Dates: (February 10, 1927 -) Opera Singer
Leontyne Price debuted on Broadway in 1952 and at the Metropolitan Opera House in New York in 1961. As an African American woman, Leontyne Price achieved many "firsts" in her musical career. Taking away the racial breakthroughs, Leontyne Price made her soprano career so important, that she would be remembered on purely musical grounds.
A native of Laurel, Mississippi, Mary Violet Leontyne Price decided on a singing career after graduation from the College of Education and Industrial Arts, Wilberforce, Ohio, in 1948. Four years at the Juillard School of Music, led to her 1952 debut on Broadway. Ira Gershwin, based on that performance, chose Price as Bess in a revival of Porgy and Bess that played New York City 1952-54 and then toured both nationally and internationally.
In 1955, Leontyne Price was chosen to sing the title role in a television production of Tosca, becoming the first black singer on a television opera production. In 1957, she debuted in her first stage opera, the Dialogues of the Carmelites by Poulenc. She performed in San Francisco until 1960, appearing in Vienna in 1959 and Milan in 1960.
Her debut at the Metropolitan Opera House (Met) in New York in 1961 was as Leonora in Il Trovatore. Quickly becoming a leading soprano, Leontyne Price made the Met her primary base until her retirement in 1985. After her retirement she continued to give recitals.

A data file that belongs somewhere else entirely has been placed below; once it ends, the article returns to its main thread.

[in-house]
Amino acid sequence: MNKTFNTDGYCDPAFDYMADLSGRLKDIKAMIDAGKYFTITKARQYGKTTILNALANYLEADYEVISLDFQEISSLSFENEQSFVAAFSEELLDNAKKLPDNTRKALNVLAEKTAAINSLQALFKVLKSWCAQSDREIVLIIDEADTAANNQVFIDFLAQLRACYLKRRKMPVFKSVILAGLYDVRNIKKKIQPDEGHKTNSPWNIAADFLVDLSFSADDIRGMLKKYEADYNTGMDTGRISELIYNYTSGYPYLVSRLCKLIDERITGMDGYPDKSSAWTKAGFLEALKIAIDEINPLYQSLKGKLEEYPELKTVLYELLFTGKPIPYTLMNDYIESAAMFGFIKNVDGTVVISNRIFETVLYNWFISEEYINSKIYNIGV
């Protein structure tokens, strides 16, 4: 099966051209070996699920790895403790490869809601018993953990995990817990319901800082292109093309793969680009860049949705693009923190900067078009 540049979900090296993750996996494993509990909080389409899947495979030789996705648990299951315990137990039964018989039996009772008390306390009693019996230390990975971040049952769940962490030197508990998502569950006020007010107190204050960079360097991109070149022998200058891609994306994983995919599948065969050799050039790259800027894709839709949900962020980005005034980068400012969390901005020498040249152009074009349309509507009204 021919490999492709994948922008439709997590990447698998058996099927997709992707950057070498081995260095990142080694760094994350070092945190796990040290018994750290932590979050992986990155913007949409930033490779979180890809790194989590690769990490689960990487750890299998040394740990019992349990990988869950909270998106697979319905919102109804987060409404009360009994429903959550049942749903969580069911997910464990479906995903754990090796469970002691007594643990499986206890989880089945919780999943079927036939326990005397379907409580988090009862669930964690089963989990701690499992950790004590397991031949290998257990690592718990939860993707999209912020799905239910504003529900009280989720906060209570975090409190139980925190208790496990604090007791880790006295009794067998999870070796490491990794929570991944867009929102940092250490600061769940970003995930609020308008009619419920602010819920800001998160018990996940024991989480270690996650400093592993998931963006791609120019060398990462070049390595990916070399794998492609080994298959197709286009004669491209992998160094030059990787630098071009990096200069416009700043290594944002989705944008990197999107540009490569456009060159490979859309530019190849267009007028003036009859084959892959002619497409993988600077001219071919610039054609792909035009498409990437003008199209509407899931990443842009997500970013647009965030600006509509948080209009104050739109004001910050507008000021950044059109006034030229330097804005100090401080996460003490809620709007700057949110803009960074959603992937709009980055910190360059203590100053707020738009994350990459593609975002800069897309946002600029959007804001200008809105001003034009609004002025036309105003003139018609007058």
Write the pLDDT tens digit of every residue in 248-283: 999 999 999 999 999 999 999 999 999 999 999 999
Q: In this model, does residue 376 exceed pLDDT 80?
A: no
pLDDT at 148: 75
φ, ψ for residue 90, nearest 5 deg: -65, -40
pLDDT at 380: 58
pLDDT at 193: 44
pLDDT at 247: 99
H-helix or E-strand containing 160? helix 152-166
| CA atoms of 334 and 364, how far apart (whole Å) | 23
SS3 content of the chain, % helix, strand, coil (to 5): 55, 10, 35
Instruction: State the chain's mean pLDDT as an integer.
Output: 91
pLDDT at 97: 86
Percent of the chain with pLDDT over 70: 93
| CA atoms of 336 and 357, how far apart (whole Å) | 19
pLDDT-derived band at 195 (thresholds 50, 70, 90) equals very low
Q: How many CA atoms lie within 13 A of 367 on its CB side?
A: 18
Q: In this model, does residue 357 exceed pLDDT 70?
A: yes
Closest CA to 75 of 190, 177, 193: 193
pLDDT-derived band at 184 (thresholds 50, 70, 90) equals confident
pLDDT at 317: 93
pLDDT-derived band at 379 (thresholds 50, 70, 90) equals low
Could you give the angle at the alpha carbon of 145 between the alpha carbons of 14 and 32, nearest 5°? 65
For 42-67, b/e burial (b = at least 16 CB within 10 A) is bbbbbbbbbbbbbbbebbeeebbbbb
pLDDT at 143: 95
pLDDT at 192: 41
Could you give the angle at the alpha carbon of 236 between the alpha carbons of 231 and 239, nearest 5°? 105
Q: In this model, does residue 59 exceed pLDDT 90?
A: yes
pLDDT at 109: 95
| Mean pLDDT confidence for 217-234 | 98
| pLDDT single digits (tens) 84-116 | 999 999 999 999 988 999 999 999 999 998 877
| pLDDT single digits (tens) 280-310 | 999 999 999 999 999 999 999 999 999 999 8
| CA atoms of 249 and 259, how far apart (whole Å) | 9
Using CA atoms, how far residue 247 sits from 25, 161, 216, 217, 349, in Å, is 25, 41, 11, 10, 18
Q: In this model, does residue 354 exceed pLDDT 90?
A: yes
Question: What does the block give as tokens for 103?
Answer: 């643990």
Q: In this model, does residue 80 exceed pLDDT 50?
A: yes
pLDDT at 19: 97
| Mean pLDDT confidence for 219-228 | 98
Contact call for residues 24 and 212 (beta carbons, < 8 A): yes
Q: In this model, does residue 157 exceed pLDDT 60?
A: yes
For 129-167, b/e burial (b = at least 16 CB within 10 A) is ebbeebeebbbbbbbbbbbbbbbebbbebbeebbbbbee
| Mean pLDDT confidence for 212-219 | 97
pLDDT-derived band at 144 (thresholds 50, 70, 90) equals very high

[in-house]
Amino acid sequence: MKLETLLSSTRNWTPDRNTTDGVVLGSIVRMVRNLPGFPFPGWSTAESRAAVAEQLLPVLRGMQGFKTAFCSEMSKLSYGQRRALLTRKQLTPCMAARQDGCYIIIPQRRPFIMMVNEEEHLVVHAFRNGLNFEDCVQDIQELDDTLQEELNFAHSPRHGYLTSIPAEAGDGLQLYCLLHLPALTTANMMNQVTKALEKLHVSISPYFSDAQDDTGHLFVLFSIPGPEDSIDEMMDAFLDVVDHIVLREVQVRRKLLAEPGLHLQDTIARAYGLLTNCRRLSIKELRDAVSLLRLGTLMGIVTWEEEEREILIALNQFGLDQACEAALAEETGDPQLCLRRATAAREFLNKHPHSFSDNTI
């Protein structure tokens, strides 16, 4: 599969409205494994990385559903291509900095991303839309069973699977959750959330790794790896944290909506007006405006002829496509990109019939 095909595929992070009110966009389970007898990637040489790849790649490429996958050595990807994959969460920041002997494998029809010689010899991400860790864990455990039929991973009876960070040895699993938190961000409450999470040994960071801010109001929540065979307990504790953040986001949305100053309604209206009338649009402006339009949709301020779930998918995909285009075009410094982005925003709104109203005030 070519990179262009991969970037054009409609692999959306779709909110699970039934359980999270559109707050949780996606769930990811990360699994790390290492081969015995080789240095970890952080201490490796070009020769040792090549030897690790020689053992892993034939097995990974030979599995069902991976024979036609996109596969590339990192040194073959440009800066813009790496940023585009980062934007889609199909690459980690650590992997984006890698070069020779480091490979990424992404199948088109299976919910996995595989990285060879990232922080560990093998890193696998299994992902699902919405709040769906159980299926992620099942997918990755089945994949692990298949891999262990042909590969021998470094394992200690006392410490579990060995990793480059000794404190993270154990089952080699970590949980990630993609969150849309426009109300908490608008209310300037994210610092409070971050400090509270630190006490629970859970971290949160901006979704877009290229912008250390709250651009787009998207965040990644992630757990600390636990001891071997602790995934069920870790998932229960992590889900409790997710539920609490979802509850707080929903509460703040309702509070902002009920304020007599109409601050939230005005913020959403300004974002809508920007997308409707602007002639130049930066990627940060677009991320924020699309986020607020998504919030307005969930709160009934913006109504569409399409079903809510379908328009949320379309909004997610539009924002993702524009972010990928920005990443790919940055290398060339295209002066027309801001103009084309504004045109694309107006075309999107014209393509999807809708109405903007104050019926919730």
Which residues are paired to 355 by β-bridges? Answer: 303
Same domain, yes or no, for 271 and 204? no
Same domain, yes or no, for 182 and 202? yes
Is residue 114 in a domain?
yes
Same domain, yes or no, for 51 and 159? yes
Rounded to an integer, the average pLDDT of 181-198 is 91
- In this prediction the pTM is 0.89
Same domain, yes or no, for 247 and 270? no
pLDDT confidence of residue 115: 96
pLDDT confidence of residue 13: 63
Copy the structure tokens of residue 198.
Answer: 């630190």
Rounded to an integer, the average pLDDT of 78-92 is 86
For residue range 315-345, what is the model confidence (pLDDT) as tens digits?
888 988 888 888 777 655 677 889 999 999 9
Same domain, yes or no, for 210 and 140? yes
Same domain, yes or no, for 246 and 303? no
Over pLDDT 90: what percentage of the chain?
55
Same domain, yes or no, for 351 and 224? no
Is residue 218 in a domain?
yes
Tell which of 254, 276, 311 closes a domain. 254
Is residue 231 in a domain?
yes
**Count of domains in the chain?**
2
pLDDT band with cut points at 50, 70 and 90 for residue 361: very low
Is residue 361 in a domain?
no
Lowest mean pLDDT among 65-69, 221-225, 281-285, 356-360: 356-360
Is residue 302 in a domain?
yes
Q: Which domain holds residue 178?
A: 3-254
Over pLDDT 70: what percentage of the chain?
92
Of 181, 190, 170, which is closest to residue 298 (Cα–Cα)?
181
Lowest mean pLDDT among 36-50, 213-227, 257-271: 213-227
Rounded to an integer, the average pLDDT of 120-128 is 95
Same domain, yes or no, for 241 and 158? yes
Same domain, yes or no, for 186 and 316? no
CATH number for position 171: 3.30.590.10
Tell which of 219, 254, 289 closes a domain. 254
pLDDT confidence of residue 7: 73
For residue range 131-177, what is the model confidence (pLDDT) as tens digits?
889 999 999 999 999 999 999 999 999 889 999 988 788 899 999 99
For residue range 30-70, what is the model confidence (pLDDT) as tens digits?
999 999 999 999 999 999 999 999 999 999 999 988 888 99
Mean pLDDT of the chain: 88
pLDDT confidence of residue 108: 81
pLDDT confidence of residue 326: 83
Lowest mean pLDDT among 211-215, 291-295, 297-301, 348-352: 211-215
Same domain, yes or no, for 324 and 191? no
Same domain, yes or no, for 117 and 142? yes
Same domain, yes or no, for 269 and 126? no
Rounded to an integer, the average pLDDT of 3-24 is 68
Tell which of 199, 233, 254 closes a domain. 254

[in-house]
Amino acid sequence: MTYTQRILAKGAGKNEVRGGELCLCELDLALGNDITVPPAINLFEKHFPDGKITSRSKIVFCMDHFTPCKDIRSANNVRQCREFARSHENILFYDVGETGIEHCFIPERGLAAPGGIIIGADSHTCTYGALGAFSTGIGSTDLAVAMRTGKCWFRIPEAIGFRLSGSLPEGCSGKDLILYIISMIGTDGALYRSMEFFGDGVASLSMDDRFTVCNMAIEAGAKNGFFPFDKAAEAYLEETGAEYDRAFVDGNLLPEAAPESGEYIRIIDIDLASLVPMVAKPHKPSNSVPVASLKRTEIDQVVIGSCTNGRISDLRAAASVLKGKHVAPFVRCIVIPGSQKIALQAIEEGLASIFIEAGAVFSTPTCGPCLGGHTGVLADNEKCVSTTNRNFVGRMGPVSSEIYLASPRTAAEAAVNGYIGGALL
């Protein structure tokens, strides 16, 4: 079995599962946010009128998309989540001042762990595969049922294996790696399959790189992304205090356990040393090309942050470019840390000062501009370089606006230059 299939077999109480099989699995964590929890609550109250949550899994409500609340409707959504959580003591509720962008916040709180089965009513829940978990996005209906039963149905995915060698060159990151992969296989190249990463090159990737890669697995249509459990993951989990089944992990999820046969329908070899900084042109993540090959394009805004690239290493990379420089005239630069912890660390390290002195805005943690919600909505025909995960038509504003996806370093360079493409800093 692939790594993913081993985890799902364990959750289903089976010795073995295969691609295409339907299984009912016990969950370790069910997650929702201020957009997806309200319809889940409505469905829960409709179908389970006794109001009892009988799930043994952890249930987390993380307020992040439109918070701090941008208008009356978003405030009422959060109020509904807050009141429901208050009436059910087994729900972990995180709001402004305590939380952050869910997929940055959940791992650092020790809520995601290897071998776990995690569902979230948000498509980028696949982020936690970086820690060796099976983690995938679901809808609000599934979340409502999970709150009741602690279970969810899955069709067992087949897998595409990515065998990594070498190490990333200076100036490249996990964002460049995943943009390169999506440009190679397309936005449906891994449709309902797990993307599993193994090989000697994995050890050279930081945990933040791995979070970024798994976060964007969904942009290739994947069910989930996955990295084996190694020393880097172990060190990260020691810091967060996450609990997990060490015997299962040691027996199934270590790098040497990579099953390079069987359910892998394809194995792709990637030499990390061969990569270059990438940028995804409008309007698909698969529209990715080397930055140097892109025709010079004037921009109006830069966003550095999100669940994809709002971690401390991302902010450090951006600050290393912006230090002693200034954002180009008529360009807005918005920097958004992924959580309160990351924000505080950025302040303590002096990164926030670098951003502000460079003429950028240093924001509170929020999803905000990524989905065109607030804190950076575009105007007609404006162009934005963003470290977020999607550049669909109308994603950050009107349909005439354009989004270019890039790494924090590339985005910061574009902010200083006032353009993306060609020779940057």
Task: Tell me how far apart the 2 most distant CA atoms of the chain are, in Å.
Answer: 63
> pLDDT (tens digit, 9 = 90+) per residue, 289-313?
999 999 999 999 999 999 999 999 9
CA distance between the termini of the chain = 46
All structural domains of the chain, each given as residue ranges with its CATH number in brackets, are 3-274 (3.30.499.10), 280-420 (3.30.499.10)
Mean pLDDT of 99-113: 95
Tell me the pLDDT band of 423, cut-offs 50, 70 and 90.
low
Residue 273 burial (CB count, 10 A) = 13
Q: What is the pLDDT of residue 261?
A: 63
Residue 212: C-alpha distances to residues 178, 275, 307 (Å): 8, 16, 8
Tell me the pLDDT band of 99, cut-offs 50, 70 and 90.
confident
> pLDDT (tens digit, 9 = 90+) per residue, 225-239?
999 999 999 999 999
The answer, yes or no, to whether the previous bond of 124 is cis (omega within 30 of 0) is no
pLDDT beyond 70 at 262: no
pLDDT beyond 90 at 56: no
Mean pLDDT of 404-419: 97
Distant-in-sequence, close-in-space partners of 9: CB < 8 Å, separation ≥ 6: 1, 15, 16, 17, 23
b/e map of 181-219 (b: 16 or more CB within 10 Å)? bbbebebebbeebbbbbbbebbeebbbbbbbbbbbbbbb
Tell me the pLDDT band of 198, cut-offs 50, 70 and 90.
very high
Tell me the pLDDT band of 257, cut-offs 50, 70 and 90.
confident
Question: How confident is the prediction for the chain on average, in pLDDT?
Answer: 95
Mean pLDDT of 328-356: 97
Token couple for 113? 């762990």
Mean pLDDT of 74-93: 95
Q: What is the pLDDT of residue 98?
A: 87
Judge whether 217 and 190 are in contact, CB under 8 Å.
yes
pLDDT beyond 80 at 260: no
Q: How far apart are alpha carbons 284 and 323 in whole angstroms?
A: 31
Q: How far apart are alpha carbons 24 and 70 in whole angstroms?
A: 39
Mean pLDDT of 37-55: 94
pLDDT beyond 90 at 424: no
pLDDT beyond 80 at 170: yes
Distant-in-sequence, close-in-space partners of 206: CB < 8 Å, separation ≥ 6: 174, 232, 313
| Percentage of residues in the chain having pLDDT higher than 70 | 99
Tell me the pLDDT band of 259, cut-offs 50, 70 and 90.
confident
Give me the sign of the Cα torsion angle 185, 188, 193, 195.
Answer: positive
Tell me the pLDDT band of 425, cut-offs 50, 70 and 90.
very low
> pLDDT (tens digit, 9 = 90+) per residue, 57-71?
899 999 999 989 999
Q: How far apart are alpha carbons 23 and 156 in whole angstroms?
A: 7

Leontyne Price Bibliography
- Aida: Leontyne Price, illustrated by Diane and Leo Dillon. Trade Paperback, 1997. Price retells the story of the Ethiopian princess who is sold into slavery in Egypt.
- Leontyne Price: Opera Superstar (Library of Famous Women): Richard Steins, Library Binding, 1993.
• Accomplishments have no color.
• You must learn to say no when something is not right for you.
• If you're not feeling good about you, what you're wearing outside doesn't mean a thing.
• The way I was taught, being black was a plus, always. Being a human being, being in America, and being black, all three were the greatest things that could happen to you. The combination was unbeatable.
• The ultimate of being successful is the luxury of giving yourself the time to do what you want to do.
• I am here and you will know that I am the best and will hear me. The color of my skin or the kink of my hair or the spread of my mouth has nothing to do with what you are listening to.
• If you are going to think black, think positive about it. Don't think down on it, or think it is something in your way. And this way,when you really do want to stretch out, and express how beautiful black is, everybody will hear you.
• Art is the only thing you cannot punch a button for. You must do it the old-fashioned way. Stay up and really burn the midnight oil. There are no compromises.
• Once you get on stage, everything is right. I feel the most beautiful, complete, fulfilled. I think that's why, in the case of noncompromising career women, parts of our personal lives don't work out. One person can't give you the feeling that thousands of people give you.